This is How We Change the Ending

Vikki Wakefield

This is How We Change the Ending
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This is How We Change the Ending

Vikki Wakefield

Sixteen-year-old Nate McKee is doing his best to be invisible. He’s worried about a lot of things-how his dad treats Nance and his twin half-brothers; the hydro crop growing in his bedroom; the way his friend Merrick always drags him into fights. And he has never forgiven his mother for leaving.   

But none of it is his fight, right? He’s just waiting for his time. Nate hangs out at YouthWorks, the local youth centre threatened with closure, and fills his notebooks with the things he can’t say. But when some of his pages are stolen and his words are graffitied on the wall of the centre, Nate realises he has allies. He might be able to make a difference, change his life, and claim his future. Or can he?   

This is How We Change the Ending is a story that will have you on the edge of your seat, hoping Nate will find a way out, despite the odds.

Review

Nate is stuck in a loop: go to school; go to the youth centre with his loudmouth best mate, Merrick; go home to his aggressive dad Dec, Dec’s new wife Nance and their three-year-old twin boys; lather, rinse, repeat. Nate is a worrier, concerned with the big things (climate change, inheriting Dec’s genes) and the small (the latest assignment from his Dead Poets Society-inspired English teacher). But when Nate’s haven, the youth centre, risks shutting down, a sense of rebellion starts to take form.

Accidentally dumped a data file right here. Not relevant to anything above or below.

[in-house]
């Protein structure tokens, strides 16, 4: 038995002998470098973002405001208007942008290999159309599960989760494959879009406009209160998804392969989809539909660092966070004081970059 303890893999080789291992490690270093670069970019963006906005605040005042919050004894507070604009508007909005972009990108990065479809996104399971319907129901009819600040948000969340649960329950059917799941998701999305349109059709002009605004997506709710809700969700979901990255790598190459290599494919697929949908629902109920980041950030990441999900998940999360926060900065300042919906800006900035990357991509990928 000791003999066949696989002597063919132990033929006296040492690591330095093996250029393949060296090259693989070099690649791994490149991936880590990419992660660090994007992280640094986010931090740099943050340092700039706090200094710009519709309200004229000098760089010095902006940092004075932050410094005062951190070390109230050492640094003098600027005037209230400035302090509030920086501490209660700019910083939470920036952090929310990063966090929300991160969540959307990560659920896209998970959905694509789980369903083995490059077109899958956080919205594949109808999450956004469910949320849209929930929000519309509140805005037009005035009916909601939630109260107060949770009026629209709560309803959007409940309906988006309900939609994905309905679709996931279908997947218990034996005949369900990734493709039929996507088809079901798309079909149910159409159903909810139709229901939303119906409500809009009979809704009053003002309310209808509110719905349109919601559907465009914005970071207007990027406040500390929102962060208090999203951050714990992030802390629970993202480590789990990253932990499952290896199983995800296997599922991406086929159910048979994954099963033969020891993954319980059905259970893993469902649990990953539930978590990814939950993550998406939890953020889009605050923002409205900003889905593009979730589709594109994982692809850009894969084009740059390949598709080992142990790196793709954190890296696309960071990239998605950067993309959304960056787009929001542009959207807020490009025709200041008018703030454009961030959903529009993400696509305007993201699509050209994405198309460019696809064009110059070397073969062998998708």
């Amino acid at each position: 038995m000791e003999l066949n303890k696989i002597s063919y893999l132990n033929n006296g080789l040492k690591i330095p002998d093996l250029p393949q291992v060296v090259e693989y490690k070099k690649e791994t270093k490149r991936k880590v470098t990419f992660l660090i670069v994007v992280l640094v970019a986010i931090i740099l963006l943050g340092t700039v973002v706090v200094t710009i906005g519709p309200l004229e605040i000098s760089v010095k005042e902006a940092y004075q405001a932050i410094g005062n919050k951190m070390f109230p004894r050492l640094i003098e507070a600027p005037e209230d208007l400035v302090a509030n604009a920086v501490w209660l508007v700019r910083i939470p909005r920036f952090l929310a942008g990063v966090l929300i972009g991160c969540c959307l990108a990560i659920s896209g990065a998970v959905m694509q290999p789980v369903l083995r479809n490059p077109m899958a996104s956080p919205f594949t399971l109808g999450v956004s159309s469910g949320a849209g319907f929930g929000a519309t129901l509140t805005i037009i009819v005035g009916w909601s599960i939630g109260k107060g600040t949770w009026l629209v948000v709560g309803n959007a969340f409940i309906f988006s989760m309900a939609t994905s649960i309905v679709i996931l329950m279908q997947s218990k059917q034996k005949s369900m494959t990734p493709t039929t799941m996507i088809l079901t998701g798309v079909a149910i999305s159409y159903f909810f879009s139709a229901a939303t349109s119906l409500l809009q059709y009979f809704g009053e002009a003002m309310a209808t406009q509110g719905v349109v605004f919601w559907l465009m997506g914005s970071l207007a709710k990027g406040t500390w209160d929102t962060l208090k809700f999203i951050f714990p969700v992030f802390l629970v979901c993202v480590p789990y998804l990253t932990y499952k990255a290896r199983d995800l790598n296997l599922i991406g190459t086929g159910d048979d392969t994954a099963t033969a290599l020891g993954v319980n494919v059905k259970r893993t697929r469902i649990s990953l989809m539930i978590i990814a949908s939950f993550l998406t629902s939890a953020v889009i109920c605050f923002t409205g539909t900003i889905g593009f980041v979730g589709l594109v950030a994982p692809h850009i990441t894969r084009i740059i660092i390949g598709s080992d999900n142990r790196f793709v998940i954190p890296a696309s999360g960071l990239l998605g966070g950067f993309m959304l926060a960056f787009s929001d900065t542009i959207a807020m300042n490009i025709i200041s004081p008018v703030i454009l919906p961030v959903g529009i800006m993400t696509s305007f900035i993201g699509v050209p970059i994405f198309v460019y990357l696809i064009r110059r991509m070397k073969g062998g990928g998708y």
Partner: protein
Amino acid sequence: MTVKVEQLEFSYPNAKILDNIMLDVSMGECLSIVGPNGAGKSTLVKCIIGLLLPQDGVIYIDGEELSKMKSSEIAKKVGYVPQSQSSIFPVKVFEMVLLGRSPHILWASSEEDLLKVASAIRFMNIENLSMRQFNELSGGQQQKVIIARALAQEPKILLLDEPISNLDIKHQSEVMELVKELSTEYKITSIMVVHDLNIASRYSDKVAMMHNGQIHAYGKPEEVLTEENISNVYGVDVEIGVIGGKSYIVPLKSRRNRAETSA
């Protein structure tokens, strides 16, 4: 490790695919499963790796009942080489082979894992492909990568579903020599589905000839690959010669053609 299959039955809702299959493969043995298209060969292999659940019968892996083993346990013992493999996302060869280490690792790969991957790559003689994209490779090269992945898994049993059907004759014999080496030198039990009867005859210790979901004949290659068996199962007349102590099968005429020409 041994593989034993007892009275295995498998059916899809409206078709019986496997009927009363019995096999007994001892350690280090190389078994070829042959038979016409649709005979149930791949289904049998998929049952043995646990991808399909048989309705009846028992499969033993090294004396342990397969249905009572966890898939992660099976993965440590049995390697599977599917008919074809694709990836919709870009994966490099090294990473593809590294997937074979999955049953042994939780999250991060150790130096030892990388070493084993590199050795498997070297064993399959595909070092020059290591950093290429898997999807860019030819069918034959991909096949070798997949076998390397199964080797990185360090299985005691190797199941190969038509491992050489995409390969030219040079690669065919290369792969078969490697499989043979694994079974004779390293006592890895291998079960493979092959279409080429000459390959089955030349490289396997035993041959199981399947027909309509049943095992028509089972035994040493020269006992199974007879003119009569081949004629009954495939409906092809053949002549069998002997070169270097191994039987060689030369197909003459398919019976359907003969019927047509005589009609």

With This Is How We Change the Ending, Vikki Wakefield crafts an examination of violence, stunted masculinity and class disparity that’s as complex as any literary novel but made more immediate through its intensely personal first person narration. Your heart breaks for Nate as he stubbornly refuses to hope, for fear of disappointment, even as you root for him to break the cycle. In much of YA literature, that in-between stage of late adolescence is about the widening of potential, but here, the all-too-real fear of opportunities closing to you as financial reality hits is ever present. Leavened by Nate’s wry wit and soulful insights, however, this never comes across as hopeless or grim – just honest.

With its emotional realism, This Is How We Change the Ending feels like an Australian Friday Night Lights: the hazy washed-out glare of a small town, the slightly aimless wandering nights, and the ultimately uplifting message. I’m not sure what we did right to deserve a writer as fine as Wakefield, who captures the bruised vulnerability and tremulous potential of youth with so much honesty and power. Those who had their hearts wrenched by her previous books, Friday Brown and Inbetween Days, should prepare themselves for another spin through the emotional wringer. For ages 15+.


Jackie Tang is the digital marketing manager.

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